assume that they behave like straight beam submitted to a flexion force. A copper braid containing 2700 wires is modelised as a unique equivalent copper beam. Its diameter has been chosen to get the same stiffness of 2700 independant wires acting in parallel. As the stiffness of a flexion beam is proportional to the 4thpower of its diameter, the equivalent beam diameter is Φ×√4
2700 ≈ 0.4 mm.
Fig. 9 shows the first mechanical modes for the two types of Mylar suspension: vertical rods and V-shaped suspensions.
In a second step, a periodic displacements z1(t) at 1 Hz is imposed to the
PT 2nd stage. The resulting displacement z(t) at the center of the thermal 210
ballast is calculated. The amplitude ratio Z/Z1 gives the mechanical damping
in the axial direction. The same procedure has been applied for the transverse direction. The results is given in the table 4.
As expected in the simplest configuration using three vertical rods, the axial stiffness k0 is high leading to a resonance frequency f0 = 190 Hz and a large 215
Figure 9: First mechanical modes of the 2nd-stage for the two types of suspensions made in Mylar. Upper figures: Mylar rods. Lower figures: Mylar V-shapped suspensions.
Table 4: Mechanical damping in the axial and transverse directions.
Suspension type Axial Transverse damping damping Cylindrical rods 85 dB 43 dB
V-Shaped 85 dB 62 dB
mechanical damping is only 43 dB. The V-shaped suspension allows an increase in stiffness in the transverse direction without affecting too much the behavior in the axial direction. The torsion mode can not be evaluated in the previous approach. Its resonance frequency is 20 Hz and 62 Hz for the vertical rod and
the V-shaped suspensions respectively.
4.2. Thermal FE simulations
We simulated only the 2nd stage assuming the 1st stage stabilized at 80 K.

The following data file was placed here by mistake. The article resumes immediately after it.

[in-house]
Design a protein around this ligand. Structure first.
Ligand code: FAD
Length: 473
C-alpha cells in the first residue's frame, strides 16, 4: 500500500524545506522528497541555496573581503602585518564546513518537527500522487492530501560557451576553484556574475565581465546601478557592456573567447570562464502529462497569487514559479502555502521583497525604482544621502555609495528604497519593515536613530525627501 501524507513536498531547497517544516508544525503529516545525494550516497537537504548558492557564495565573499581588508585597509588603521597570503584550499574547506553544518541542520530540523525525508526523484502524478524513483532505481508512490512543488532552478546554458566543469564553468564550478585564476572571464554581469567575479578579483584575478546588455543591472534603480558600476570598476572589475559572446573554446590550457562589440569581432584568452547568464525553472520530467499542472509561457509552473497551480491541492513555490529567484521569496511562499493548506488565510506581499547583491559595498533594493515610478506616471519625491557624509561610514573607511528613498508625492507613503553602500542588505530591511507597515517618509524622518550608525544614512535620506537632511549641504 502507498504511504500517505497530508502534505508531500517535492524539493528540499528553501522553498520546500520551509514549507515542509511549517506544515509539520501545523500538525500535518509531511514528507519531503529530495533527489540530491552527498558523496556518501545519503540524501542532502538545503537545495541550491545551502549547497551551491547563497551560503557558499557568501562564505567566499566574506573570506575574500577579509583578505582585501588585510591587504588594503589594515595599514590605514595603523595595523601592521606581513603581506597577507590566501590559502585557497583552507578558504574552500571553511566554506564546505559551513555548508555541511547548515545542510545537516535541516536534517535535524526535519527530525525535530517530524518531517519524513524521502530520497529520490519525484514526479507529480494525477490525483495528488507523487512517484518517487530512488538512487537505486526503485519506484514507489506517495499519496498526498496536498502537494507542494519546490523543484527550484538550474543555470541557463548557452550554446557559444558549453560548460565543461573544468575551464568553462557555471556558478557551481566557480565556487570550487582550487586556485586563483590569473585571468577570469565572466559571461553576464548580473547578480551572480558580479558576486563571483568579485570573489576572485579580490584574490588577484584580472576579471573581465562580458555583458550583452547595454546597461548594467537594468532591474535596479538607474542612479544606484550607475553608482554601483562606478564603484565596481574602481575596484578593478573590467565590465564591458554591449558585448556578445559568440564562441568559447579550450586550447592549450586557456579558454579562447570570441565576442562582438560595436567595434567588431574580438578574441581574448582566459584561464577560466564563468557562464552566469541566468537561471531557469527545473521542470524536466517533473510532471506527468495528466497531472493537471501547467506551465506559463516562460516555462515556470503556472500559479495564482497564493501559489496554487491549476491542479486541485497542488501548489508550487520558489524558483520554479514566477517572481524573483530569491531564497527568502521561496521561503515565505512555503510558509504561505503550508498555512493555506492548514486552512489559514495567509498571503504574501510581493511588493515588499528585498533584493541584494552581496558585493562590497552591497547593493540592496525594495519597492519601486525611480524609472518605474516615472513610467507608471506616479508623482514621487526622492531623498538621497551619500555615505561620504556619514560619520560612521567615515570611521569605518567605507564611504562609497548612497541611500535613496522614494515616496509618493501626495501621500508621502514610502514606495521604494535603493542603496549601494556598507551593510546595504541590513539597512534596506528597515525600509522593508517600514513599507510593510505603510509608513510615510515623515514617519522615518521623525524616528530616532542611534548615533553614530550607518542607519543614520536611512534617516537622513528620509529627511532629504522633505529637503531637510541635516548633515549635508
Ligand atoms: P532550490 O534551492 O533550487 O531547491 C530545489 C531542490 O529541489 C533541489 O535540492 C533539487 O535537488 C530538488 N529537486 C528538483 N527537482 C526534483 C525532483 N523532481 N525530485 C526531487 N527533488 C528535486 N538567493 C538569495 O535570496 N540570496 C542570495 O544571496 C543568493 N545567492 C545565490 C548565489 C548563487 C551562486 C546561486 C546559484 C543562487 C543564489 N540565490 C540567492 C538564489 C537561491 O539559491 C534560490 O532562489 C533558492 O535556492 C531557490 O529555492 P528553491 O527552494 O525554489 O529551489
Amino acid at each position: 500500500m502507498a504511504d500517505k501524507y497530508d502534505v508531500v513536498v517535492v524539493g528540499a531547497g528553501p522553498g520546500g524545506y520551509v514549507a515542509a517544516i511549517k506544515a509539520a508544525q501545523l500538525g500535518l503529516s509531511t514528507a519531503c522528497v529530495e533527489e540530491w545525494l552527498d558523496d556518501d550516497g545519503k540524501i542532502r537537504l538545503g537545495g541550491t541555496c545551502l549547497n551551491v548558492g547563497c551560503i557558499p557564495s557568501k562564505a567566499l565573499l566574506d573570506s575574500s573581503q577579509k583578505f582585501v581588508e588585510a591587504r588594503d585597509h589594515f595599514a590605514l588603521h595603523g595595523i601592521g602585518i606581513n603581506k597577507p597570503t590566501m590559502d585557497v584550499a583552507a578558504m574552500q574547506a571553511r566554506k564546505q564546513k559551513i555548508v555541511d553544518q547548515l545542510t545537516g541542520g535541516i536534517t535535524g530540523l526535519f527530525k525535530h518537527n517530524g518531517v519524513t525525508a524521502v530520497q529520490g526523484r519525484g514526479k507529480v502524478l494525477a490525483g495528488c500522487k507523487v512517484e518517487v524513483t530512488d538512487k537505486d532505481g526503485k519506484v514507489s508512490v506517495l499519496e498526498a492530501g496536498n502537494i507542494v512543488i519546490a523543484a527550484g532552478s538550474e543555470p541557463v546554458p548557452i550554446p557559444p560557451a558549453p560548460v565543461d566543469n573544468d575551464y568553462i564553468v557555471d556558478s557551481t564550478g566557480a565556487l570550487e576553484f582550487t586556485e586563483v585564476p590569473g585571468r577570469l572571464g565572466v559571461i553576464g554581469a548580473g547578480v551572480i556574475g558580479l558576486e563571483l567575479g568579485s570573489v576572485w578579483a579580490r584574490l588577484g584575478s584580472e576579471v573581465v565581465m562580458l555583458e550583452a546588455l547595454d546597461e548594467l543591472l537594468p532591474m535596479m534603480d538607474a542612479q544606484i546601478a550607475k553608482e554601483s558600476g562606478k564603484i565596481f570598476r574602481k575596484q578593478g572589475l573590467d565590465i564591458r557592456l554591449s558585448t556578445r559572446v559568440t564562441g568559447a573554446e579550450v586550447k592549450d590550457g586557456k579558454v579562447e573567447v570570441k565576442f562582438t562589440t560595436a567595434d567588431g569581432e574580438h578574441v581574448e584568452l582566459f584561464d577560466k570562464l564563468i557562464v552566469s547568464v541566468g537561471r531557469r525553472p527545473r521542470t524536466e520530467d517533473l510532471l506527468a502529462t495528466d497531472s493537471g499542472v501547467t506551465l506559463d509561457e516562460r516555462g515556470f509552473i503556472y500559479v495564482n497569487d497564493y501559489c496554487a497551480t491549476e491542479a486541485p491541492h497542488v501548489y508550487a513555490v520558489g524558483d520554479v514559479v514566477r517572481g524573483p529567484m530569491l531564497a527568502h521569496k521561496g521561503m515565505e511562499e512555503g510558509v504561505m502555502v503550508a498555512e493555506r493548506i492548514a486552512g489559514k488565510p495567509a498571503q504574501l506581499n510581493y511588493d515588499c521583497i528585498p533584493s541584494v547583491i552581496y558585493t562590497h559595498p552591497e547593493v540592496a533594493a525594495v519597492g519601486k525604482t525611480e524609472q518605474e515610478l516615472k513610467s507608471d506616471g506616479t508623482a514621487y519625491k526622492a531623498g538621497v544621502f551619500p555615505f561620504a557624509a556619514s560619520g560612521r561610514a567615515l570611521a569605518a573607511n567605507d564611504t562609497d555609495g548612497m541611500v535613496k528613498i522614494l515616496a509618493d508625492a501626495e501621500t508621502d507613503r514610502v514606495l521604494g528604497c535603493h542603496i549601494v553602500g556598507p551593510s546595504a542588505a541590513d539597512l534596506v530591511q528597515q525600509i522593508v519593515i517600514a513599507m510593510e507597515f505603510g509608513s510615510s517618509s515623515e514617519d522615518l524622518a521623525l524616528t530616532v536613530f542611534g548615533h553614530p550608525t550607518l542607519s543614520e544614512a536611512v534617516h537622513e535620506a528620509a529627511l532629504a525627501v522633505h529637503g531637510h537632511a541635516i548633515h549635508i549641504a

Fig. 10 shows the thermal ballast and the cavity. The hottest points (∼ 5.2 K) correspond to the suspension fastening, the coldest (∼ 2.8 K) to those of the
copper braids. The temperature is homogeneous in the whole cavity volume, with a maximal gradient of 1 mK.
Figure 10: Finite elements simulation of the 2nd stage. Only the thermal ballast and the cavity are represented.
A this step of development and in spite of their relative simplicity, the pre-vious models are considered reliable enough to undertake the construction of a prototype. The models can be possibly refined in a second stage if needed.
5. Resonator validation
A resonator was assembled and mounted inside the cryostat. The sapphire resonator is made from a Kyropoulos monocrystal . It presents a high Q-factor mode at ν0∼ 10 GHz. The temperature evolution during the cool down
is shown in Fig. 11:
The minimum achievable resonator temperature is 4.1 K, fully compliant with the specification. Fig. 12 shows the modulus of the resonator response around the whispering gallery mode at ν0 ∼ 10 GHz measured at 4.1 K. The
bandwidth is 7.2 Hz equivalent to a loaded Q-factor QL∼ 1.4 × 109.
The resonator temperature is stabilized using a commercial temperature
troller. The sensor is a Cernox type CX-1050 with a sensitivity of approximately −430 Ω/K. By changing the temperature set-point step-by-step we obtain the resonator frequency evolution (see Fig. 13). The resonator presents a turnover temperature equals to 5.24 K. Stabilized at this point, its frequency is no longer
3.4 K 4.1 K 80K 0 200 250 300 350 0 10 20 30 40 50 60 Temperature (K) Time (h) 100 3 K 4 K 50 150
Figure 11: Temperatures evolution during cool-down. Resonator temperature (bold line),
2nd-stage shield temperature (dotted line), 1ststage shield temperature (dashed line).
7.2 Hz−60 −40 −30 −20 −10 −100 −50 0 50 100 |S21| (dB) −50